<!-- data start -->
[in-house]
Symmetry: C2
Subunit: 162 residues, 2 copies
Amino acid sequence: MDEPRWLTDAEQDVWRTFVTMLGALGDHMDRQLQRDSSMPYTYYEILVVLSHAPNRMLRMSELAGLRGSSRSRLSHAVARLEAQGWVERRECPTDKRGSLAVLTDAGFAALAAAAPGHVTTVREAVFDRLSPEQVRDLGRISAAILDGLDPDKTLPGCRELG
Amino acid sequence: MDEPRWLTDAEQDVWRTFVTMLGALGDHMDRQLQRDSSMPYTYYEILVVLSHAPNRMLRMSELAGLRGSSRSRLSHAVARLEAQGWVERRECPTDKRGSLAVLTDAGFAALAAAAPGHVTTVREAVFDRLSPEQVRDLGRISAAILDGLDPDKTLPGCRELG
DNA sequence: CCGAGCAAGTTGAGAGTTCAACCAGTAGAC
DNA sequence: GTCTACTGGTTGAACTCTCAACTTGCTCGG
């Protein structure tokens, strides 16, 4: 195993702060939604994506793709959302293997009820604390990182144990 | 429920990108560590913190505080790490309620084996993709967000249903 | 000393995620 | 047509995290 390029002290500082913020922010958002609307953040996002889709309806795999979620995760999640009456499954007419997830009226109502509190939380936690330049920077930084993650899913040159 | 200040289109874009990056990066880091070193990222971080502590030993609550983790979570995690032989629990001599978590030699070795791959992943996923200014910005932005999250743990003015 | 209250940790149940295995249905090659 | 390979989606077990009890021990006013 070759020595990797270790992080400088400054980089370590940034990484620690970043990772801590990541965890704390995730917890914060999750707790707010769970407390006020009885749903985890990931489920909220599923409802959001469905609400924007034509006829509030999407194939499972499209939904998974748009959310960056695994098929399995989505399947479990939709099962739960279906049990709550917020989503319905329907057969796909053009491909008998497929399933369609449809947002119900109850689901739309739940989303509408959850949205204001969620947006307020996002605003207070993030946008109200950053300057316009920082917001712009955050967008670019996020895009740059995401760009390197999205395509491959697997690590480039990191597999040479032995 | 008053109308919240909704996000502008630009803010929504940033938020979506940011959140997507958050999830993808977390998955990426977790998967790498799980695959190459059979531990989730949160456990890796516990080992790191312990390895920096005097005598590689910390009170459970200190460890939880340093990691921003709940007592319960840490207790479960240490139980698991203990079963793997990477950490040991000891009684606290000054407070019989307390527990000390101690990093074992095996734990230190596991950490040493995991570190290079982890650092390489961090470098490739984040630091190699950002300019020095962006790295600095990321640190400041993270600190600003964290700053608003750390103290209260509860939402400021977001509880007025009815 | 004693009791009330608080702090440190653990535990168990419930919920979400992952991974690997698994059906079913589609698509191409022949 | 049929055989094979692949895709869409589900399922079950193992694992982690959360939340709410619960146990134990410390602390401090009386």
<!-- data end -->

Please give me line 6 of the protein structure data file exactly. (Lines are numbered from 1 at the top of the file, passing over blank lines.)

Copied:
DNA sequence: CCGAGCAAGTTGAGAGTTCAACCAGTAGAC